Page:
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LIFESTYLE FEATURES

‘How I manifested a book deal’

Manifesting is the practice Gen Z can’t get enough of. Radhika Sanghani explains how she went from a sceptic to a believer

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I took a deep breath and drew a fake cheque onto a blank piece of paper. I wrote it out for a generous sum of money and specified that it was to be paid to me for my book Thirty Things I Love About Myself. Then I dated the cheque – March 2019 – and signed it from the universe.

I closed my eyes and meditated with the cheque for a while, imagining how it would feel when this book I was writing was finally finished, and I had a publisher who wanted to buy it. I smiled at how good it would feel, I let myself enjoy it all as though it had already happened, and then … I let go of the vision. I put the cheque into the back of my journal, and promptly forgot about it.

A few months later, I finished the book I was working on – a comedy about a woman going on a self-love journey, experimenting with everything from astrology to the magic of manifesting – and sent it to my agent. She wanted me to do another draft before we sent it out to publishers, so I did. At the start of 2020, it was ready to be sent out. In March 2020, my book went to auction and one publisher offered to buy it for the exact sum I’d written on the cheque a year earlier. My manifesting worked.

This is the story I always use when I talk about manifesting because it sums up exactly how this spiritual practice can create miracles. The idea of manifesting has been around for decades. It became popular in the 1980s with the likes of Louise Hay and Esther Hicks explaining that our thoughts can become reality. It officially hit the mainstream in 2006 with the publication of Rhonda Bynes’s bestselling The Secret, which talks about the “law of attraction” where positive thoughts can lead to positive outcomes.

But recently, manifesting has had another resurgence. Everyone from Fearne Cotton to Cara Delevingne is talking about manifesting, with the latter saying she buys baby clothes to manifest one day becoming a mother. Not everyone is convinced by it – sceptics say that, at best, it’s harmless nonsense and, at worst, that it can lead to people blaming themselves if the things they’re manifesting (like motherhood) don’t work out.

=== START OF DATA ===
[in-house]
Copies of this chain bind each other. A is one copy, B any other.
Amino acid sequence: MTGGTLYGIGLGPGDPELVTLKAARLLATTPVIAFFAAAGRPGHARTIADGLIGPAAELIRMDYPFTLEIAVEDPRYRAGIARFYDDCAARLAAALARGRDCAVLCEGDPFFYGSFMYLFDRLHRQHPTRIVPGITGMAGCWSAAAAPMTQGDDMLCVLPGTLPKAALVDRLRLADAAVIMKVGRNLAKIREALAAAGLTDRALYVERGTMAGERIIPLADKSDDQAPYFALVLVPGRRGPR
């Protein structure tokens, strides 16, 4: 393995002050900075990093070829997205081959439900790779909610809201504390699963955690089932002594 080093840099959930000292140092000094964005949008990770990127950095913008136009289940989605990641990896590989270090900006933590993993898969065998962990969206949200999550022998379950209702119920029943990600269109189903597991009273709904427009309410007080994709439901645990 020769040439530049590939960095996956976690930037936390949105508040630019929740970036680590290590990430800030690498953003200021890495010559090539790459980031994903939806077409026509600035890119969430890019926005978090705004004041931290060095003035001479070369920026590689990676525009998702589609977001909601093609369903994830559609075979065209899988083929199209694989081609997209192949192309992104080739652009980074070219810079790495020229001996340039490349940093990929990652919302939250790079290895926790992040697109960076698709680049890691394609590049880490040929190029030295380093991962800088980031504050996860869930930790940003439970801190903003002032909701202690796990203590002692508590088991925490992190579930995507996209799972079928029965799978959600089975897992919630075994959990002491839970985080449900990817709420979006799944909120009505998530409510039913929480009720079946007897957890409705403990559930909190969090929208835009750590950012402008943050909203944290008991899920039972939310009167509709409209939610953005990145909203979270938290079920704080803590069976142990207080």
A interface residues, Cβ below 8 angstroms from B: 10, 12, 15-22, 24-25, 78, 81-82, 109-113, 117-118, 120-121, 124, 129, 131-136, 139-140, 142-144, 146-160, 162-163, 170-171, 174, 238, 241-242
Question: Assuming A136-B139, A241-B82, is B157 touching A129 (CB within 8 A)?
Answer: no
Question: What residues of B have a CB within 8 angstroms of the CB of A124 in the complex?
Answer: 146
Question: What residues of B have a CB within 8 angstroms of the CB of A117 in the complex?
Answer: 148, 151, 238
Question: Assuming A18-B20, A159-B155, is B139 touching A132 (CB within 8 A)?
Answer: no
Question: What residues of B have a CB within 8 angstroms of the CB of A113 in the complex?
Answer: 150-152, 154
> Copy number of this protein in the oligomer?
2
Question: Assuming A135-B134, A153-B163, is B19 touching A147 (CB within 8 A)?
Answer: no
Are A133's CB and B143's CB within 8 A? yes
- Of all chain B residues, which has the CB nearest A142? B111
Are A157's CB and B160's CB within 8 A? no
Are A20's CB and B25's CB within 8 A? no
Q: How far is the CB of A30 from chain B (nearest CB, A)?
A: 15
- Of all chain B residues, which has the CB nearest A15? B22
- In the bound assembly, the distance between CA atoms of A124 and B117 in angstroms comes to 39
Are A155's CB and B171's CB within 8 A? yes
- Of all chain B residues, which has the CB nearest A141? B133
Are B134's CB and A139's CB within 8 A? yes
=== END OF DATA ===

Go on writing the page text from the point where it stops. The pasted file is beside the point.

I used to be one of those sceptics when I first came across manifesting almost a decade ago; I was terrified by the belief that any negative thoughts I had could stop my dreams from coming true. How was I meant to be 100 per cent positive 100 per cent of the time? But now I understand that manifesting isn’t about trying to control outcomes; it’s about working on your self-belief, and then trusting in the universe/energy/god/whatever you believe in.

When I manifested my book deal, I wasn’t just drawing pictures and meditating; I was also actively working on my goal to share my message of self-love with the wider world. And even though I believed in the book and truly wanted it to be published one day, I was OK with it not working out as planned. I had a back-up plan to self-publish if necessary. All I knew was that I wanted to do everything in my power to make this dream happen, and if not, I’d trust that it wasn’t meant to be.

Manifesting is a balance between belief and letting go

This is the crux of manifesting; it’s a balance between belief and letting go. Now that I’ve understood how to achieve that balance, I use it in every area of my life. I’ll manifest before a date, before going to a party, or before a work meeting. I won’t manifest a specific outcome because that falls into trying to be controlling, but I’ll focus on manifesting things like meaningful conversations or positive connections.

I did it recently before I went to a house party where I knew no one. I didn’t think I’d meet anyone I had much in common with, but I decided to manifest a conversation that would be genuinely inspiring. Two hours later, I met the amazing life-coach Ashley Marcinek. We spent the whole evening chatting about everything from bereavement to relationships, and five months later, we’re firm friends.

I’ve also used it in my career. When I have a quiet month as a freelance journalist, instead of manically sending off emails pitching work, I simply relax. I’ll do a meditation where I focus on feeling good and grateful, and then I’ll enjoy the free time that’s come my way. Every single time, I’ve come home to emails from editors asking me if I’m available to take on work.

And last year when I wanted to develop as a screenwriter, I manifested getting onto the BBC’s Writersroom. They get thousands of applications each year and only take 20 people, so I knew that no matter how good I was, it was also a question of luck. After a few months of hearing nothing, I sat down and manifested receiving an acceptance email from them. I closed my eyes, meditated and focused on feeling the joy I’d feel at being told I had a place. Immediately afterwards, I scrolled through my emails and had an acceptance email from the BBC.

I know people might say this is all just coincidence or good luck. But whatever it is, I know it works for me. And as long as I remind myself that it isn’t about control – it’s just about trusting in the universe and staying positive – then there’s no downside. If my manifesting comes true, I’m beyond grateful. And if not, I accept it because I know that something better is waiting for me.

Thirty Things I Love About Myself by Radhika Sanghani (Headline Review; £15.99) is out now

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